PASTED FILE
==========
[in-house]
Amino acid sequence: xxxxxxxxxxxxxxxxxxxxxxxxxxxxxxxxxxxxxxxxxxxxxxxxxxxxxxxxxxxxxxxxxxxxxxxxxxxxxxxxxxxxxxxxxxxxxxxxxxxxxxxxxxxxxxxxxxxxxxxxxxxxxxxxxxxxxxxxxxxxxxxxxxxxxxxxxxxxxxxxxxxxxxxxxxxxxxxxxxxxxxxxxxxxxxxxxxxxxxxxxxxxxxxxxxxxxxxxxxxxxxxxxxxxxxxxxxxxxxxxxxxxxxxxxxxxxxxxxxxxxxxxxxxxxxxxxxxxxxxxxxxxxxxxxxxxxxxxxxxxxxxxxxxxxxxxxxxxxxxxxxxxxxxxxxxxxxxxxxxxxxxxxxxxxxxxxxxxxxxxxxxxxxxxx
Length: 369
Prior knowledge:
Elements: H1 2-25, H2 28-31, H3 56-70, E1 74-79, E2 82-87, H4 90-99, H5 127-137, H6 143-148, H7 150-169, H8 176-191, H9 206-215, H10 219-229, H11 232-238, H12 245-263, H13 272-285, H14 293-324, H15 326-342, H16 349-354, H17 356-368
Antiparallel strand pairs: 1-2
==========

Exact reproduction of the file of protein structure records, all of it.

[in-house]
Amino acid sequence: xxxxxxxxxxxxxxxxxxxxxxxxxxxxxxxxxxxxxxxxxxxxxxxxxxxxxxxxxxxxxxxxxxxxxxxxxxxxxxxxxxxxxxxxxxxxxxxxxxxxxxxxxxxxxxxxxxxxxxxxxxxxxxxxxxxxxxxxxxxxxxxxxxxxxxxxxxxxxxxxxxxxxxxxxxxxxxxxxxxxxxxxxxxxxxxxxxxxxxxxxxxxxxxxxxxxxxxxxxxxxxxxxxxxxxxxxxxxxxxxxxxxxxxxxxxxxxxxxxxxxxxxxxxxxxxxxxxxxxxxxxxxxxxxxxxxxxxxxxxxxxxxxxxxxxxxxxxxxxxxxxxxxxxxxxxxxxxxxxxxxxxxxxxxxxxxxxxxxxxxxxxxxxxxx
Length: 369
Prior knowledge:
Elements: H1 2-25, H2 28-31, H3 56-70, E1 74-79, E2 82-87, H4 90-99, H5 127-137, H6 143-148, H7 150-169, H8 176-191, H9 206-215, H10 219-229, H11 232-238, H12 245-263, H13 272-285, H14 293-324, H15 326-342, H16 349-354, H17 356-368
Antiparallel strand pairs: 1-2